Mamie Smith, with her 1920 recording of “Crazy Blues,” made history as the first black singer to break the color barrier in vocal recordings. However, most historians fail to note that all her backup singers and musicians were white. Before the release of Mamie’s smash hit, Okeh Records’ owner Fred Hagar had received death threats from Northern and Southern pressure groups saying they would boycott the company if he recorded a black singer. It seemed that having a black male singer recording a song was taboo at that time, but Mamie was a black woman, which made her release more palatable to a white audience. After all, the word “crazy” was in the title of Mamie’s hit song. Other black blues singers of the day like Bessie Smith and Ma Rainey were considered weird, but not dangerous. Bessie was openly bisexual and Ma was an “unattractive” woman.
Allowing a black male singer to make a recording then was unthinkable because such performers were thought by white audiences to be “dangerous” and “lecherous.” But after Mamie’s success, these attitudes began to change rapidly, especially among recording companies. Money talks, loudly. In the latter half of the “Roaring Twenties,” male blues singers like Texas-born Blind Lemon Jefferson and Louisiana-born Huddie “Lead Belly” Ledbetter, began to be recognized as “interesting” performers. And nothing was more interesting, in the Prohibition days of Bonnie and Clyde-type criminal worship, than a bad black male blues singer who had been imprisoned for murder and was being recorded after regaining his freedom. Lead Belly fit that bill perfectly.
Lead Belly, the self-styled king of the 12-string guitar, was best remembered for songs such as “The Midnight Special,” “Rock Island Line” and “Goodnight Irene.” Lead Belly is “the hard name of a harder man,” Woody Guthrie once said of his friend and fellow American music icon. Though most closely associated with the rural Deep South, from the mid-1930s until his death in 1949, Lead Belly lived at 414 E. 10th Street in New York City. He was a regular performer in the music halls of Harlem and also had a regular Sunday night slot on WNYC radio station, explains the Greenwich Village Society for Historical Preservation on its website Gvhsp.org.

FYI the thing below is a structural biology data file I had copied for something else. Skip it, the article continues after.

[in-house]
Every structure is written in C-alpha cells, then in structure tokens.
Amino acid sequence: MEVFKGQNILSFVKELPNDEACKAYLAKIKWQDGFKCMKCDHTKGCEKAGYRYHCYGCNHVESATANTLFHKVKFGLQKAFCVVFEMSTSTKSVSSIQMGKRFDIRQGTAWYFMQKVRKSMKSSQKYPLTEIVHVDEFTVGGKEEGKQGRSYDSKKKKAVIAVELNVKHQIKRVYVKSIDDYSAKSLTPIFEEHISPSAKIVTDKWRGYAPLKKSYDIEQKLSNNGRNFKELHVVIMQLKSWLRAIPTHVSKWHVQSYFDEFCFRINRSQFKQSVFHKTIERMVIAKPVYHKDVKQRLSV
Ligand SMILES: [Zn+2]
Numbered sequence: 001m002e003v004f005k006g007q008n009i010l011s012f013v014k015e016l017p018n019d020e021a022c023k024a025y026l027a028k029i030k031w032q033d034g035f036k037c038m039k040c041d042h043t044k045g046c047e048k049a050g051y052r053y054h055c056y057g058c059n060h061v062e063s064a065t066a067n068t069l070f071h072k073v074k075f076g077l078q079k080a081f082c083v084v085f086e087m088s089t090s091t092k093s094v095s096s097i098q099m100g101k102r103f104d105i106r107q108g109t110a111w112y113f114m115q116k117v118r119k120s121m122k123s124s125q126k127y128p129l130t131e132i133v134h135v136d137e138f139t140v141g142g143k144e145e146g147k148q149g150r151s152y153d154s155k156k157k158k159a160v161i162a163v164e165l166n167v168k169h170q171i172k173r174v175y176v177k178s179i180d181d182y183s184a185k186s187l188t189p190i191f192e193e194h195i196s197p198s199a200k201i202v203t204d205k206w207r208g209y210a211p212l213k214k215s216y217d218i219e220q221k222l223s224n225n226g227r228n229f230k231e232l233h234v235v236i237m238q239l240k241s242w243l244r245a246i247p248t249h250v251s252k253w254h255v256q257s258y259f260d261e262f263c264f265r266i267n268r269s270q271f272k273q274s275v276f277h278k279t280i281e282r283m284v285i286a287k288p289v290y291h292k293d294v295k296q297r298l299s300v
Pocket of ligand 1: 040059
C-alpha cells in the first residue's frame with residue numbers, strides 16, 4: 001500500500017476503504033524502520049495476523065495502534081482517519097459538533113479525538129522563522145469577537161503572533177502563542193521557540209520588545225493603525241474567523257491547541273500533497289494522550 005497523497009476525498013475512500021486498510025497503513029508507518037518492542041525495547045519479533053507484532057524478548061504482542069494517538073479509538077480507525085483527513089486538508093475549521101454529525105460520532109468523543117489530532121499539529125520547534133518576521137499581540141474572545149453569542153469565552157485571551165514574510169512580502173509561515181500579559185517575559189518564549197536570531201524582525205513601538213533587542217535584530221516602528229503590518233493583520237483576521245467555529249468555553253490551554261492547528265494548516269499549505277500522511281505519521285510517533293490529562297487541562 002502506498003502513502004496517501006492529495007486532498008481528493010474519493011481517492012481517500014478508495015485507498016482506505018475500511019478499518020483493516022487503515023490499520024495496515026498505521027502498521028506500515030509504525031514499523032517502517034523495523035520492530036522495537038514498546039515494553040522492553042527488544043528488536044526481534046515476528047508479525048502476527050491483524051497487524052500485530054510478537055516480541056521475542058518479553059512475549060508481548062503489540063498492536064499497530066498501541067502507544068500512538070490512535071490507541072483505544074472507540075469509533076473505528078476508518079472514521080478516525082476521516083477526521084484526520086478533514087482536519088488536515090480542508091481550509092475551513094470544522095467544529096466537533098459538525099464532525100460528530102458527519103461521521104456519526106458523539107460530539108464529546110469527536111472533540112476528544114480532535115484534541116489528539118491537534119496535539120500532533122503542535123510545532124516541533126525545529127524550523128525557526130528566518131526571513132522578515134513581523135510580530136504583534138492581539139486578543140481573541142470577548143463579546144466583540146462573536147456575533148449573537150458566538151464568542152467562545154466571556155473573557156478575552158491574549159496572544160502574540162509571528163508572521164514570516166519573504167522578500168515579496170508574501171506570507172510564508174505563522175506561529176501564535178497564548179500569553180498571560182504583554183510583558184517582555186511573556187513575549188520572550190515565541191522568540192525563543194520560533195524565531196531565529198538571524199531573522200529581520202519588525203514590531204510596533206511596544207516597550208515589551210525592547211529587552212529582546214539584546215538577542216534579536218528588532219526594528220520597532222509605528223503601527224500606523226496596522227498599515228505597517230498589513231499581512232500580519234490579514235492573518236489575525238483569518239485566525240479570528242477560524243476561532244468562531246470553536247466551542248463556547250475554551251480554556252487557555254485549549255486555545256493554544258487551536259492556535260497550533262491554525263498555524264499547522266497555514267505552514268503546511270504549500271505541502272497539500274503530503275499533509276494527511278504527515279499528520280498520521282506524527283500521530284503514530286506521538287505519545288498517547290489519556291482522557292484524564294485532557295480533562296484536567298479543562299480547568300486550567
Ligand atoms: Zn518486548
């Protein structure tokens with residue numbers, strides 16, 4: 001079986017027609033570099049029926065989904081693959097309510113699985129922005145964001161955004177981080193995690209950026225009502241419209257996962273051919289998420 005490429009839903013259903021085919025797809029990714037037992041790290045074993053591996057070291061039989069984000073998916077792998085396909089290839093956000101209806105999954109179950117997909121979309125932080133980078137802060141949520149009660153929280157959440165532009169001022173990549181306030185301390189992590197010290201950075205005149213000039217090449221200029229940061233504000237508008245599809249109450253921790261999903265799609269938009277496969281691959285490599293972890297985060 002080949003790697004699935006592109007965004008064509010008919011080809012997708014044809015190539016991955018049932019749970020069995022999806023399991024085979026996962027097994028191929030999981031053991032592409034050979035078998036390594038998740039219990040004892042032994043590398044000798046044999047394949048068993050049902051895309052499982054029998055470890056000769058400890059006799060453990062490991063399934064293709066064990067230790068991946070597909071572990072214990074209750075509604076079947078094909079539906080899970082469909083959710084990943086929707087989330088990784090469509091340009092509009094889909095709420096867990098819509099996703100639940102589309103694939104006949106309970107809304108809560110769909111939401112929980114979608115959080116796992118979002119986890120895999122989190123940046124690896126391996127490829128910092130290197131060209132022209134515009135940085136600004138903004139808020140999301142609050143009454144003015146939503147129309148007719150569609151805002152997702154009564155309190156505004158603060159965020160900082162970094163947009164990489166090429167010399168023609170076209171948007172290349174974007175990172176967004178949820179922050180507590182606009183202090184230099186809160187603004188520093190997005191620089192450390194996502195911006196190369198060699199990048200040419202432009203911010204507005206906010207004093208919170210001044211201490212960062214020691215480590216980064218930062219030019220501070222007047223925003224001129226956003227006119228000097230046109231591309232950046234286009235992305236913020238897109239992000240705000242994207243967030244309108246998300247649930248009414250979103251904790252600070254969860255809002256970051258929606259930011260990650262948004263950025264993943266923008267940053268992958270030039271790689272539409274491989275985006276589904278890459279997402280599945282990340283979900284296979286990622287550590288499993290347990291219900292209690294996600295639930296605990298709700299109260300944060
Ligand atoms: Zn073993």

Just as he began to achieve some measure of wider fame, Lead Belly got sick. He was diagnosed with amyotrophic lateral sclerosis (ALS, or Lou Gehrig’s Disease) in 1949 and was placed in New York City’s Bellevue Hospital. By December of that same year, Ledbetter was dead, having spent his final days in a sick bed. He even wrote and recorded a blues song there, entitled “Been So Long,” also called “Bellevue Hospital Blues.” Some of its lyrics are as follows:
“I heard a woman saying the other day,
As some doctor began, in ten days you’ll start walkin’ again,
It’s been so long, so long, so long.”
“Ever been down in Louisiana, in New Orleans?
Got the first woman doctor I ever seen
It’s been so long, so long, so long.”
Writer Nick Deriso explains in somethingelsereviews.com. “He doesn’t lament that certain fate on ‘Been So Long,’ even while admitting that he had already lost the ability to walk. Instead, Lead Belly flirts with the first female doctor he’d ever seen, before turning his focus to a friendly nurse. You start out thinking he’s going to talk about his heartbreaking fate; he ends up joking about an impulse that starts some place lower.” Lead Belly never lost his ribald sense of humor, even when he saw the end approaching.
Bellevue Hospital Center has not lost its reputation either: it is still the oldest public hospital in the United States (founded in 1736) and is still the flagship hospital of New York City’s Health and Hospitals Corporation. Bellevue is also famous for its psychiatric ward and in the old days, getting sent there was a pejorative expression. No longer. Bellevue is now on the front lines of the coronavirus pandemic, which has hit New York City hardest of all American cities. Bellevue has a central role in New York’s fight against the deadly virus as its policy is to accept any patient, insured or not.
Ledbetter’s legacy has also been bolstered through the release of long-lost music recorded under the aegis of Moses Asch for Folkways between 1941-47. The bulk of those recordings was issued in the late-1990s, under the titles Where Did You Sleep Last Night, Bourgeois Blues and Shout On. “Turns out, there’s more where that came from. Those earlier discs have been bolstered by 16 remarkable, previously unheard moments like ‘Been So Long’ for the Lead Belly: The Smithsonian Folkways Collection that was published in February, 2015. This five-disc set includes 108 tracks in all, providing fresh insights into a figure who joined the Rock and Roll Hall of Fame in 1988, nearly four decades after his death,” explained Deriso. Lead Belly was also inducted into the Louisiana Music Hall of Fame in 2008.
Lead Belly Sings “Bellevue Hospital Blues”